NY Gov. Hochul's pick for chief judge rejected by Democrat Senate panel

The fight over LaSalle's confirmation has garnered national attention amid the political infighting between the state's top Democrats over filling the post with a fellow Democrat.

Updated: January 18, 2023 - 11:06pm

A divided New York state Senate committee rejected Gov. Kathy Hochul’s pick for chief judge Wednesday, following hours of testimony and contentious debate.

The Senate Judiciary Committee voted 10-9 against the confirmation of Justice Hector LaSalle, who was vying to become the first Latino chief judge. Democrats who control the committee hammered away at LaSalle's record for hours before the vote, peppering him with questions about rulings and cases he has dealt with during his long career.

"There have been serious concerns raised about the nominee’s record on upholding New York's laws defending reproductive choice, discrimination, immigration and protecting domestic violence victims," Sen. Brad Hoylman-Sigal, the committee's chairman, said in remarks during the hours-long hearing.

In opening remarks, LaSalle defended his judicial record and pushed back against criticism from progressive Democrats and some labor unions, who've argued that his background as a prosecutor and his judicial record should disqualify him.

“Like every judge, I know that not everyone agrees with every ruling," he told the panel. "But I can promise you that in every case, I have sought and will continue to seek to give everyone a fair shake, to listen to arguments carefully, to do my best to apply the law to the facts before us, and to work with my colleagues to reach a fair and just result."

LaSalle currently serves as a presiding justice of the Second Department, the nation's largest state appellate court with a budget of nearly $69 million. He was tapped to fill a vacancy in 2021 by then Gov. Andrew Cuomo.

In August, Judge Janet DiFiore, a conservative who was loyal to former Gov. Andrew Cuomo, stepped down and broke up the 4 to 3 conservative majority on New York’s Court of Appeals.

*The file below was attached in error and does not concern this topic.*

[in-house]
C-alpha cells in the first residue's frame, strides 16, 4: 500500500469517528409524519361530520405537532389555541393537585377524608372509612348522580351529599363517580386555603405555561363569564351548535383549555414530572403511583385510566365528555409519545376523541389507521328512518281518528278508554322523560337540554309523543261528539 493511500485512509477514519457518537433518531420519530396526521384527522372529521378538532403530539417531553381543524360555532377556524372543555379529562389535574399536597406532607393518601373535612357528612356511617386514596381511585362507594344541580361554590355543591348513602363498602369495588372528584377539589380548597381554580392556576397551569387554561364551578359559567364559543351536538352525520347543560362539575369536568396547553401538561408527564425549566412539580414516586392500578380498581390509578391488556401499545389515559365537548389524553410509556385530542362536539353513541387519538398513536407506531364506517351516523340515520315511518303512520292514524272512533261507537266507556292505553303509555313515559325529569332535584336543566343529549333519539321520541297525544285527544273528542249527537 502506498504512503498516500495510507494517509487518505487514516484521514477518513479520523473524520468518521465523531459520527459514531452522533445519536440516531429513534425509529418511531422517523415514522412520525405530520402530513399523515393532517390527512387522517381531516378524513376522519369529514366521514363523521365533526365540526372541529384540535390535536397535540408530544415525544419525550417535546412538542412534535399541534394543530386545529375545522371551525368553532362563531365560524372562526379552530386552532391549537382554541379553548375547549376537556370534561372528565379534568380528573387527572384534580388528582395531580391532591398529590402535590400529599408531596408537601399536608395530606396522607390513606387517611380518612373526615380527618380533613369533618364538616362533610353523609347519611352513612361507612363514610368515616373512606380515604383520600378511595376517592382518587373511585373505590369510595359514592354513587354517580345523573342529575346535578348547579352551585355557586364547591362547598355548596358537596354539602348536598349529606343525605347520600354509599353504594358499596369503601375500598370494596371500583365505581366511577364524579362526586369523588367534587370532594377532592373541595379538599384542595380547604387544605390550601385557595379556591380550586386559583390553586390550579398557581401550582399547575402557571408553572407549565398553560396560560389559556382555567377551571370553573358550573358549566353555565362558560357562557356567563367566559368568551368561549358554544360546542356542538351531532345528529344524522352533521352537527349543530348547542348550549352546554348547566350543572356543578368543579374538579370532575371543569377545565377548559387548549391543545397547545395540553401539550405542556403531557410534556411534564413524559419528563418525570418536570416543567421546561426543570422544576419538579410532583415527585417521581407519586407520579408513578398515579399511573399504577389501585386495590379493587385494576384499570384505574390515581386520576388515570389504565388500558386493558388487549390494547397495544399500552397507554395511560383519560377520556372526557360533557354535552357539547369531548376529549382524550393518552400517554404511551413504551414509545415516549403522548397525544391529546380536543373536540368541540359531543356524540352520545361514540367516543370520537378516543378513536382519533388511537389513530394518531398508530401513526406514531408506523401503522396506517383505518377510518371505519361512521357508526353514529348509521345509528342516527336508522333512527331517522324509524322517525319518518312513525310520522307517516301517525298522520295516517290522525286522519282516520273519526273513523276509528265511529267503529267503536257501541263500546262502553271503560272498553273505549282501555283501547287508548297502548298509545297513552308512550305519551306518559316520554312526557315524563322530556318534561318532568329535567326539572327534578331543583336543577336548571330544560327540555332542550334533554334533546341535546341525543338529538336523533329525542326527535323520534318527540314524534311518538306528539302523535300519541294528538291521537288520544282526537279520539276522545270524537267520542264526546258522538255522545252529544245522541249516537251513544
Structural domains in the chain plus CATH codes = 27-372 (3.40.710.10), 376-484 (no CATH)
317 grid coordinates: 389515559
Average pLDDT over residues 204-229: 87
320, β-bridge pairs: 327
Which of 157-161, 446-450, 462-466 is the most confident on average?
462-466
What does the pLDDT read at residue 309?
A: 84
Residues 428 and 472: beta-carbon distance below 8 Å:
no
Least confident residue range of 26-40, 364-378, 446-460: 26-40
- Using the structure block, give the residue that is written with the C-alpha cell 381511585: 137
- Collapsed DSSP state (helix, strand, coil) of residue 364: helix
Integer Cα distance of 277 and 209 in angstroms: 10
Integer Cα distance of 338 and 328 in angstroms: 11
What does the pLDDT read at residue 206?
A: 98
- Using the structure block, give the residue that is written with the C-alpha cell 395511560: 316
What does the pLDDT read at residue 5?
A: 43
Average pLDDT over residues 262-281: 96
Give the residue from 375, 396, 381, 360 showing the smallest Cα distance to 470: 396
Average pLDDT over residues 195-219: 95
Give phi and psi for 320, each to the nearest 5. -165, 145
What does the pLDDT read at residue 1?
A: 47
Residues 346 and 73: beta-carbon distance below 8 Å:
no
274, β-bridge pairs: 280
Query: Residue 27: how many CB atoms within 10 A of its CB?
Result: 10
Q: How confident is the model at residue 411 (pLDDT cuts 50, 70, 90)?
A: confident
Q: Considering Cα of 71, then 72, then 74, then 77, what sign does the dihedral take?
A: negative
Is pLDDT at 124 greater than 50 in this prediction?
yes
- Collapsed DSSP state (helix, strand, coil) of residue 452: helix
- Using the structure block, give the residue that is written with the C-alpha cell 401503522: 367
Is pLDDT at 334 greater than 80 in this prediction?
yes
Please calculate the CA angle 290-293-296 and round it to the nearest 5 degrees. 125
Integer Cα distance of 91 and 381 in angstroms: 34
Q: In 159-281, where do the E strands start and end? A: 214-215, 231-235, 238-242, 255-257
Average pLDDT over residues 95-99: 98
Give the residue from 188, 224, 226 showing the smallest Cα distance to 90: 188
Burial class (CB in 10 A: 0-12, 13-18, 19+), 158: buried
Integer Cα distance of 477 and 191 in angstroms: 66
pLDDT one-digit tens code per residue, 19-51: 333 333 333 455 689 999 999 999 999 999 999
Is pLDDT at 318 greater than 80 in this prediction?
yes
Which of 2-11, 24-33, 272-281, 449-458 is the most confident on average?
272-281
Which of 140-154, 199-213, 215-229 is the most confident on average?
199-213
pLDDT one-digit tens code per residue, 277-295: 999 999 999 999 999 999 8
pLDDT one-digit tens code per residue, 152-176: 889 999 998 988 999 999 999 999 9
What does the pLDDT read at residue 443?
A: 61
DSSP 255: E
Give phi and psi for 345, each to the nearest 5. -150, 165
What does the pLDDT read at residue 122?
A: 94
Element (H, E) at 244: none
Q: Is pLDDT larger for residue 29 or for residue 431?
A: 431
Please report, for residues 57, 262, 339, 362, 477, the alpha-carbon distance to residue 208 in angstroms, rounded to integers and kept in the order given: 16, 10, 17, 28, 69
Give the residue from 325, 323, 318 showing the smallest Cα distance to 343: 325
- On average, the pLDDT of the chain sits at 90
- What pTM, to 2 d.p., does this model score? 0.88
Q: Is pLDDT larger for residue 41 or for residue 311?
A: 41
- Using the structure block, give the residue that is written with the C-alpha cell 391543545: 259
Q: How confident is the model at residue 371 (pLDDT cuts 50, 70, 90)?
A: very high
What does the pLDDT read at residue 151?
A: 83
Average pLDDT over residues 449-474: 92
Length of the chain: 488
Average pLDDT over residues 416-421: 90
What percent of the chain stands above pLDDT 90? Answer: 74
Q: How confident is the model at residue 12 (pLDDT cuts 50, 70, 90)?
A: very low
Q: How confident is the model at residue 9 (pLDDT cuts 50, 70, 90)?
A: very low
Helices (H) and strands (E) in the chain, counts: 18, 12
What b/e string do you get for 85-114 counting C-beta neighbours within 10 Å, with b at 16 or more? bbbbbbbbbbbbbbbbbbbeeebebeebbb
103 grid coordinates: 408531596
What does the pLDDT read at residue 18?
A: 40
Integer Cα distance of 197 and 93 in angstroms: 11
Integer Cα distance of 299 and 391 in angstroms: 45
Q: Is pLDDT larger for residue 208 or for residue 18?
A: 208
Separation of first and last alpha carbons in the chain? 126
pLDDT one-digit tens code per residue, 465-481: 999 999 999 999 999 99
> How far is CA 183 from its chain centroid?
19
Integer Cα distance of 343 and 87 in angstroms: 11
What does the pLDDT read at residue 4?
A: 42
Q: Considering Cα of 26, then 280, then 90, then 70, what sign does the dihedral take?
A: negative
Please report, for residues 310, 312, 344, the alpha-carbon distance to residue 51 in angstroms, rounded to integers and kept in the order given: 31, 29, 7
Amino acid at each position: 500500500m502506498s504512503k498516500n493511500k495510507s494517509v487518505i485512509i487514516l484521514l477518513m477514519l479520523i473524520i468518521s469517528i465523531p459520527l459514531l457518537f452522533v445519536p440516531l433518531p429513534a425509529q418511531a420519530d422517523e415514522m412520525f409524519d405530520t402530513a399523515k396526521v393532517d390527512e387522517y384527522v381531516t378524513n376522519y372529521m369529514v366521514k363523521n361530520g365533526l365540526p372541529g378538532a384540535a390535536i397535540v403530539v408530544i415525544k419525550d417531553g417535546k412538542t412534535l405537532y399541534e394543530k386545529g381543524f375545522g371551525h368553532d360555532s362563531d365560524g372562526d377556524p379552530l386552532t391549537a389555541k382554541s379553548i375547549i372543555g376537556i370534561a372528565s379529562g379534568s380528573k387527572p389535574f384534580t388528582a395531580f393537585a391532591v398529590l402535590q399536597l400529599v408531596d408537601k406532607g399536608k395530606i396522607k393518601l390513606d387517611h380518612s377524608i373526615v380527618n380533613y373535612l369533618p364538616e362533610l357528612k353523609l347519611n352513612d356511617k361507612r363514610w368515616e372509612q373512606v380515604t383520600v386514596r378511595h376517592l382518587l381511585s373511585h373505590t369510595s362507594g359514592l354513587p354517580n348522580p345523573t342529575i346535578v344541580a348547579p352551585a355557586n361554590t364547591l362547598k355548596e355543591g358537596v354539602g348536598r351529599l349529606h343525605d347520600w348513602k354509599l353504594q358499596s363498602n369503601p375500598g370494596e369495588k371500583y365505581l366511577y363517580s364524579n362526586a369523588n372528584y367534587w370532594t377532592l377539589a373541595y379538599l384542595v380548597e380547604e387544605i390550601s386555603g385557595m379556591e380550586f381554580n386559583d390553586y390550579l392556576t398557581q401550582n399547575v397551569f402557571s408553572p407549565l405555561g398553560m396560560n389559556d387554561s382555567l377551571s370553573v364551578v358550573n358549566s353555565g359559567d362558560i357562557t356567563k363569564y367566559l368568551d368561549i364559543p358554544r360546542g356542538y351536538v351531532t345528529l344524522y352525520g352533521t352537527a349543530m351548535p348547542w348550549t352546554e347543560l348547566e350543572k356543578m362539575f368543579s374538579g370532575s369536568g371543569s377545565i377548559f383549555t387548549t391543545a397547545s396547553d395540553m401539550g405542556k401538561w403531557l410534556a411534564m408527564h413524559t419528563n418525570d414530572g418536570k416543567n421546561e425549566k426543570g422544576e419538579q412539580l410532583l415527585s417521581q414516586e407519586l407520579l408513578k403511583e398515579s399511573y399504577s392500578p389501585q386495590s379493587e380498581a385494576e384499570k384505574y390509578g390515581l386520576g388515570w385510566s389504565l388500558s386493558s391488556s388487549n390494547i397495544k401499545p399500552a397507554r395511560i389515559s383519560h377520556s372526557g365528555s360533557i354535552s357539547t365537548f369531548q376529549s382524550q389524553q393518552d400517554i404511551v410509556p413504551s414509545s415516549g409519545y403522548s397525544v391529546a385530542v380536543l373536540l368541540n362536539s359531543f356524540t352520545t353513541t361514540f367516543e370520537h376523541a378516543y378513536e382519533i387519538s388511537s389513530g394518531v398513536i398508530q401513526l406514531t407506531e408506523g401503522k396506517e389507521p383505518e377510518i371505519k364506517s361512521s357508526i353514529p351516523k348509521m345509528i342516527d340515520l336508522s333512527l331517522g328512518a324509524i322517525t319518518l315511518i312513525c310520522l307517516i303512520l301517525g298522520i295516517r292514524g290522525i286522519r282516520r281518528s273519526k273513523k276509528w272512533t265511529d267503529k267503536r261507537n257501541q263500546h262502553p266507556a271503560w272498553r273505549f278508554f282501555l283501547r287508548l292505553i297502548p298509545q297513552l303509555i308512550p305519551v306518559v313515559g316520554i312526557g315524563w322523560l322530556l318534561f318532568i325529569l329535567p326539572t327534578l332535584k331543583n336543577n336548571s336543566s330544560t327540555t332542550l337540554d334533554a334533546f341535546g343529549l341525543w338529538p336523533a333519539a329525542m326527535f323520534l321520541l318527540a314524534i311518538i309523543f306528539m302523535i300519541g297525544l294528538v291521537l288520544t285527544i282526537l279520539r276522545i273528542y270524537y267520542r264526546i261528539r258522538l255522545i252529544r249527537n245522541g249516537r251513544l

The unexpected vacancy on the court handed Hochul the rare opportunity to make a major appointment to the courts only a few days into her new term.

Hochul picked LaSalle in December over other potential chief judge candidates who were vetted by a judicial nominating commission.

His nomination was immediately met with opposition by several unions, women's reproductive rights groups and community activists, which pointed to cases he was involved with that they claimed showed anti-union and anti-abortion leanings.

The fight over LaSalle's confirmation has garnered national attention amid the political infighting between the state's top Democrats over filling the post with a fellow Democrat.

But the Senate committee's rejection might not be the final word on his nomination, as Hochul has hinted that she may pursue a legal challenge if he wasn't confirmed.

Hochul issued a statement criticizing LaSalle's rejection and pledged to press on, saying while the Senate committee "plays a role" in the process she believes the state Constitution "requires action by the full Senate."

"While this was a thorough hearing, it was not a fair one, because the outcome was predetermined," she said. "Several Senators stated how they were going to vote before the hearing even began -- including those who were recently given seats on the newly expanded Judiciary Committee."